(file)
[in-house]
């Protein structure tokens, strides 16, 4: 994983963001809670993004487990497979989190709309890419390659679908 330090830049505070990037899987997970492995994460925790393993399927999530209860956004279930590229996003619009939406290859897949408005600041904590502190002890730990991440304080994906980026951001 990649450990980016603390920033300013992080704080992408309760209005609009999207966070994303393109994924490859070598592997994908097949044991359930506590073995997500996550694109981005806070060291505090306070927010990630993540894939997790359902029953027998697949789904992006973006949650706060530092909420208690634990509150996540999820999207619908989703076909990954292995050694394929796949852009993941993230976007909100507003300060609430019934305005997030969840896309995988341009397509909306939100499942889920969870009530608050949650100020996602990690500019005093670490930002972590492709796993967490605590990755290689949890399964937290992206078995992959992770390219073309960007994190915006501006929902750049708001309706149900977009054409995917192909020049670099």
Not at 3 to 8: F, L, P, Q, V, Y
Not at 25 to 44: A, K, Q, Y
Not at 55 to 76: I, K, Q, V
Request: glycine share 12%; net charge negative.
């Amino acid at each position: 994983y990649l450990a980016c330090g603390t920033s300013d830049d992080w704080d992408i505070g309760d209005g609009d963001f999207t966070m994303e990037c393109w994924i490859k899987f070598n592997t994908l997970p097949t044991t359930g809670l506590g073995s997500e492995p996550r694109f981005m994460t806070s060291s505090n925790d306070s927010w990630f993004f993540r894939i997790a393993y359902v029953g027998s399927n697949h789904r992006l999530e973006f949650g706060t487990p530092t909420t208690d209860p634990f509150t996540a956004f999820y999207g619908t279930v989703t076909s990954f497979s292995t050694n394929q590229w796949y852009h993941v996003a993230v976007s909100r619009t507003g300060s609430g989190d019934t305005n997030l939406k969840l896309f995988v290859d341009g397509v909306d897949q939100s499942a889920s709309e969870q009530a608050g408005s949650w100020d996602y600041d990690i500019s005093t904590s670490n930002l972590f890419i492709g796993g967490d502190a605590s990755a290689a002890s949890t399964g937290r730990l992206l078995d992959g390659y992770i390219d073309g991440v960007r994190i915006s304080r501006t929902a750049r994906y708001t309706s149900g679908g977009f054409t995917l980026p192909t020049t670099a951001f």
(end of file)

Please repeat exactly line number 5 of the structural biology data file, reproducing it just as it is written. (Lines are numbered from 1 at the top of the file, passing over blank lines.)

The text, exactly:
Not at 55 to 76: I, K, Q, V